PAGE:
Cristiano Ronaldo is more than a free-scoring, award-winning footballer and his latest business venture further underlines that.
As per The Mirror, Ronaldo is set to open a hair transplant centre where his girlfriend, Georgina Rodriguez, will work as one of the managers.
The clinic, a project from the Insparya Group that the 34-year old co-founded, will be based in his former place of work in Madrid and is to house 150 experts in 18 rooms.
It’s said that Ronaldo has kicked off the venture with a €1 million investment and he’s expected to pump an additional €25 million into it over the next few years as the expansion continues.
Hair transplants at the new centre will start at €4,000 and the aim is for 18 to be performed per day.
Commenting on his new endeavour, Ronaldo said: “In addition to football, I am passionate about health, technology and research, they are areas which I wanted to invest in.
“I wanted the first clinic of the international expansion to be situated in Madrid, a city I lived in for many years.”
This is just one of a many other projects Ronaldo is involved in outside of football. He has branched out with gyms, footwear, underwear, blankets, hotels, his own CR7 fragrance, a CR7 selfie app – while he also has his own museum and an airport named after him in his hometown of Madeira.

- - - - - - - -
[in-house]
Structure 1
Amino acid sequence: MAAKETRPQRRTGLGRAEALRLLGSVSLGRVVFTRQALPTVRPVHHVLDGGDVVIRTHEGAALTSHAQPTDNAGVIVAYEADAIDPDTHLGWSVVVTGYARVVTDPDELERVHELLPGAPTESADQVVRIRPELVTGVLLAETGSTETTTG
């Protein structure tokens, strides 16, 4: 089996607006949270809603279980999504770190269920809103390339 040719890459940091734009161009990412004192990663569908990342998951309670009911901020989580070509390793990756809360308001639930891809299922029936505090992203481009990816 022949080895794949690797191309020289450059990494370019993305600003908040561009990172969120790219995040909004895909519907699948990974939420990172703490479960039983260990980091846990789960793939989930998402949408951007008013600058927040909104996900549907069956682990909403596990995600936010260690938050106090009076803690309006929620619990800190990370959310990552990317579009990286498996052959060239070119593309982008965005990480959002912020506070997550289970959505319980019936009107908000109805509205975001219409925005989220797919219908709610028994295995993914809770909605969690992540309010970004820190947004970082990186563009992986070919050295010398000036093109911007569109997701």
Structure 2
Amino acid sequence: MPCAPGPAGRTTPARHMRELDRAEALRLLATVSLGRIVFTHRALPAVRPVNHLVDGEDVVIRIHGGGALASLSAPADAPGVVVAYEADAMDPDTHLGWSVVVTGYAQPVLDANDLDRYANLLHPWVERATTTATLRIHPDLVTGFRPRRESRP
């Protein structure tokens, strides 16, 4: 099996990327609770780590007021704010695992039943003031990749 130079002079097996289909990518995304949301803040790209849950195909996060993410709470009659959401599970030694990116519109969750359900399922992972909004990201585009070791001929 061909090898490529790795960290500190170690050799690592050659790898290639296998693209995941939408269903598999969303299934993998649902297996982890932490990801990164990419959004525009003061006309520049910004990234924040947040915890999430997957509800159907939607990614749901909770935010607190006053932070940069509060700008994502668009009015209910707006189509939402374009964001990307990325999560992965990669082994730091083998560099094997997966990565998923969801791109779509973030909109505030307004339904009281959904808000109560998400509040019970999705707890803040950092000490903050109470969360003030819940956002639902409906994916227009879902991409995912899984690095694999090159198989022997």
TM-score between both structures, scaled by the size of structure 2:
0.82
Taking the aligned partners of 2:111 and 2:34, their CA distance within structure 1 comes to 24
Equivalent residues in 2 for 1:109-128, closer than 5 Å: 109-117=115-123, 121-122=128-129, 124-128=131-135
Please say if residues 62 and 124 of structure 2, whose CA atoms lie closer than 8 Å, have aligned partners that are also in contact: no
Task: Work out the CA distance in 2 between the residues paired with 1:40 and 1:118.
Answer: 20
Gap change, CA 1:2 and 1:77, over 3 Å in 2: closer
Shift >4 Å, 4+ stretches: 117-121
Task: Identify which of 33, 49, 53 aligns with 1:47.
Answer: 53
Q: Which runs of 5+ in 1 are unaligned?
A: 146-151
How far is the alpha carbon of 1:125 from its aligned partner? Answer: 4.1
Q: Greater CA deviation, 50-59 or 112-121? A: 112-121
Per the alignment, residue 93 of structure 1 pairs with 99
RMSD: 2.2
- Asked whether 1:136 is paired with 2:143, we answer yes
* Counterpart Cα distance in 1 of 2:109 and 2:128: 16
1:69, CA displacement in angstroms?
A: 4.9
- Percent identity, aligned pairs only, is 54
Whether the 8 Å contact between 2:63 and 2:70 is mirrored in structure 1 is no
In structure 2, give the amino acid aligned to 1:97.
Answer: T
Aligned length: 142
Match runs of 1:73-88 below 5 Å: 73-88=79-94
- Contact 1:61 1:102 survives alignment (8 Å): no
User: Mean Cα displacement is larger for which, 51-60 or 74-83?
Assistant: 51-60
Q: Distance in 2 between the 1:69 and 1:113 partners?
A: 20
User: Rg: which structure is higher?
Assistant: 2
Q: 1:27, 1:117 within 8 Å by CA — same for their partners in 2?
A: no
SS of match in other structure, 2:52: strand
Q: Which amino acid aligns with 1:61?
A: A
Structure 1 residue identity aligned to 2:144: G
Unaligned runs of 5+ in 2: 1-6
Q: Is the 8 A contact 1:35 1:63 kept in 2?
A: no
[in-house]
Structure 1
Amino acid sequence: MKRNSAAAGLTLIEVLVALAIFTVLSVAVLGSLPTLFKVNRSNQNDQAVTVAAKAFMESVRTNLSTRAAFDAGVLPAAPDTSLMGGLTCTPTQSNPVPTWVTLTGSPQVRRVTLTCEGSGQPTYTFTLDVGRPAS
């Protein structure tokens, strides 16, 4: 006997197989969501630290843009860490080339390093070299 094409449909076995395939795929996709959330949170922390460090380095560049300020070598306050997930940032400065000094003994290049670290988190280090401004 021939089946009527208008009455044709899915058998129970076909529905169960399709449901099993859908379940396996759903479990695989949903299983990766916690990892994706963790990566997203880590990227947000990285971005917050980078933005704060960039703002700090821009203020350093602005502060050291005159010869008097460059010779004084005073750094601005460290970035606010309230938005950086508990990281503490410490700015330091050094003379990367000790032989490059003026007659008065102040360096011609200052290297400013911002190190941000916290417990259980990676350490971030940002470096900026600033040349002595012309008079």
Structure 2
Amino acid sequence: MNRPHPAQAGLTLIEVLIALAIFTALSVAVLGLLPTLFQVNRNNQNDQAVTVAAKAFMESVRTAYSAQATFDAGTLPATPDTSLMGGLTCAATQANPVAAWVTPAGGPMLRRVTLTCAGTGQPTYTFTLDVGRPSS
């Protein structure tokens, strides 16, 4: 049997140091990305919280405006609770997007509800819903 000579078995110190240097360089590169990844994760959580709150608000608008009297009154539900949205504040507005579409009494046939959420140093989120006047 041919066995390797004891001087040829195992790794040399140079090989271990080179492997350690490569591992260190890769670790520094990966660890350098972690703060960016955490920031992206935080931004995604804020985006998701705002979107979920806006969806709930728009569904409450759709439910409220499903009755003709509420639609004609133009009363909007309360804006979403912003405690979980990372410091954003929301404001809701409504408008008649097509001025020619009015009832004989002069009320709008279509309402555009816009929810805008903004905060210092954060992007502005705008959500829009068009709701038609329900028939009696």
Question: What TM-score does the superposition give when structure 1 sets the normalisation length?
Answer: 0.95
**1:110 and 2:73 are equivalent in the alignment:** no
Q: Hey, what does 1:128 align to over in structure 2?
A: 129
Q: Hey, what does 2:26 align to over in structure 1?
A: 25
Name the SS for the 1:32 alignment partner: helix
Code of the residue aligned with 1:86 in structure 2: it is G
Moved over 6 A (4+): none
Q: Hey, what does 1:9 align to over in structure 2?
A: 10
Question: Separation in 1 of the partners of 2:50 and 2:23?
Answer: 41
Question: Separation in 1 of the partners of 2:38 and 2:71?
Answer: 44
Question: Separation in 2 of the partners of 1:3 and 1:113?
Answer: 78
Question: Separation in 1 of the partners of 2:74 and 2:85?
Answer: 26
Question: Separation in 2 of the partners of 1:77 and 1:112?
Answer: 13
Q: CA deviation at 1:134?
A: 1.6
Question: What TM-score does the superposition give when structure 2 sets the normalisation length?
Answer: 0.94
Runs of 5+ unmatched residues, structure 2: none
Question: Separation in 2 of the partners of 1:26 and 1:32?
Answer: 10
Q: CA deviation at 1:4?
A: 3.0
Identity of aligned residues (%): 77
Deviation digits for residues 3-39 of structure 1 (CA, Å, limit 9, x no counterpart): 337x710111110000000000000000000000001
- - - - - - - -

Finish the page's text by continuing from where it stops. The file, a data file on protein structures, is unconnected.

Ronaldo also makes an absolute fortune through various sponsorships and endorsements, evidenced by information from Der Spiegel journalists Rafael Buschmann and Michael Wulzinger back in May 2017.
As a Saudi telecoms firm found out in 2013, Ronaldo will cost an eye watering amount to hire.
The Football Leaks: The Dirty Business of Football book reveals that Mobily struck a deal with Ronaldo’s Irish image rights company, Multisports & Image Management, whereby they would get four-and-a-half hours of his time.
The service consisted of a photo-shoot, five signed shirts and two plugs across his social media channels, where CR7 has an enormous following.
Moreover, the firm were allowed to use images of the former Real Madrid that were taken on the day, but the advertising was only regional as the publication was limited to the Middle East and north Africa area.
For all of the above, Ronaldo and his representatives charged the company a monumental £920,000. Pocket change, isn’t it?